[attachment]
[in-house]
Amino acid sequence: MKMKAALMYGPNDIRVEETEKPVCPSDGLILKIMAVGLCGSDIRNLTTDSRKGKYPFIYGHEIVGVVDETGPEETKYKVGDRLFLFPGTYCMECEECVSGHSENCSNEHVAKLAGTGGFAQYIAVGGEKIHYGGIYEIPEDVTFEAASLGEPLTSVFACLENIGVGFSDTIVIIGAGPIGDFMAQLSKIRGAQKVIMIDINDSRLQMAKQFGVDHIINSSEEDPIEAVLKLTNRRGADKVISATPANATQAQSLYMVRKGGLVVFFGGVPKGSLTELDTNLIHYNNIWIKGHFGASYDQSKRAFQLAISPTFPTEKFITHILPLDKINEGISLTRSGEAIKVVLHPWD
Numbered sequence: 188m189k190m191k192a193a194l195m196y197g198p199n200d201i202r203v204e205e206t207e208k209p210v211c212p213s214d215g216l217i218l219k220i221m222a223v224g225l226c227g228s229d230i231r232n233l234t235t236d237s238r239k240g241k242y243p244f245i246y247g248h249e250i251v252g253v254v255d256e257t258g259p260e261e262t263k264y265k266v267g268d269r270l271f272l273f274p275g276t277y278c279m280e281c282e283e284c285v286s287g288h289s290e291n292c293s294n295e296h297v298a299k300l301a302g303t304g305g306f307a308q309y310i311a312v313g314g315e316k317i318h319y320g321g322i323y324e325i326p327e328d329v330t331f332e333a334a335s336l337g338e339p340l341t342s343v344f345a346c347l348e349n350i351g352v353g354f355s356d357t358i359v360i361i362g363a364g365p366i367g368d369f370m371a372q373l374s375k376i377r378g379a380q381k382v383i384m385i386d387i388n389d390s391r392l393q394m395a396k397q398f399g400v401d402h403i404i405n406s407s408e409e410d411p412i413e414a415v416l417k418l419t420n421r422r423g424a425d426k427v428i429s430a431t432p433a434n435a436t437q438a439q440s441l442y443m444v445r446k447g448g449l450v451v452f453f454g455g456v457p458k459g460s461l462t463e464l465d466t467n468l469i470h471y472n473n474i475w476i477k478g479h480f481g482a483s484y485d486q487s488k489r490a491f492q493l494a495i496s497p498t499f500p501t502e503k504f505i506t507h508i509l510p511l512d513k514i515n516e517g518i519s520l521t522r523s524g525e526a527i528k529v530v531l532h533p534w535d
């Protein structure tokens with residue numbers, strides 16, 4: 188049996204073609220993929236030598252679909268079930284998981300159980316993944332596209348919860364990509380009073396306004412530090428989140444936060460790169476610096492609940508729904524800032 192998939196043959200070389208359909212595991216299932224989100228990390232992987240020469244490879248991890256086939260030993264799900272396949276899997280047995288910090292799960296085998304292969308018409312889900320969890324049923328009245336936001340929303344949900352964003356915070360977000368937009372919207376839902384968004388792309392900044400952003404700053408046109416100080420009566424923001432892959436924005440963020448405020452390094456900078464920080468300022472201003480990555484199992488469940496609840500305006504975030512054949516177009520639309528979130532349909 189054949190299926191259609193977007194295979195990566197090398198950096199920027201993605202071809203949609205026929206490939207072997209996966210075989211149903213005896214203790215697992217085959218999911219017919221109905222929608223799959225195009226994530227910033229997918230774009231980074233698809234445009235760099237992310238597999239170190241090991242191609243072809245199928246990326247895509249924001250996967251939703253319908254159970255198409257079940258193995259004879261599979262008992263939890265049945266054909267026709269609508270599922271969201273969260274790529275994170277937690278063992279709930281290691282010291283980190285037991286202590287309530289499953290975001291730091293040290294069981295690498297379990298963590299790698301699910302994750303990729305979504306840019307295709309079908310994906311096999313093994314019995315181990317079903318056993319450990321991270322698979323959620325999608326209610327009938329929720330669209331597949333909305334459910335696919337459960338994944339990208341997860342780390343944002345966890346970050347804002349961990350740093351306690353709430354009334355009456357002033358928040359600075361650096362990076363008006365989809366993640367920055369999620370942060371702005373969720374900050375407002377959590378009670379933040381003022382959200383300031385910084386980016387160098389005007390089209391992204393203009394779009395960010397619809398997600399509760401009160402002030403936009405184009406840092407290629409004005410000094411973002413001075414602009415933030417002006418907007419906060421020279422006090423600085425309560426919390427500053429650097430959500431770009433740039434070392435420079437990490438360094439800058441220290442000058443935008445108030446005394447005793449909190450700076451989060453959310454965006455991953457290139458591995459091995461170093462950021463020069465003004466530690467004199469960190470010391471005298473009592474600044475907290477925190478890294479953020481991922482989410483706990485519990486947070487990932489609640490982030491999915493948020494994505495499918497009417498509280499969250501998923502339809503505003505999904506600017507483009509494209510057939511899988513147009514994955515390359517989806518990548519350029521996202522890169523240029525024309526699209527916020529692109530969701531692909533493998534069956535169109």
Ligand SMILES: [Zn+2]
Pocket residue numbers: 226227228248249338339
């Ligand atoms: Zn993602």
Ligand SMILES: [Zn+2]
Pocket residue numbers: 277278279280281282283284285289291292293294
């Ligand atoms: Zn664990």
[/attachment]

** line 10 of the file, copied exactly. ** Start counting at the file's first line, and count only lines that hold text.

């Ligand atoms: Zn664990």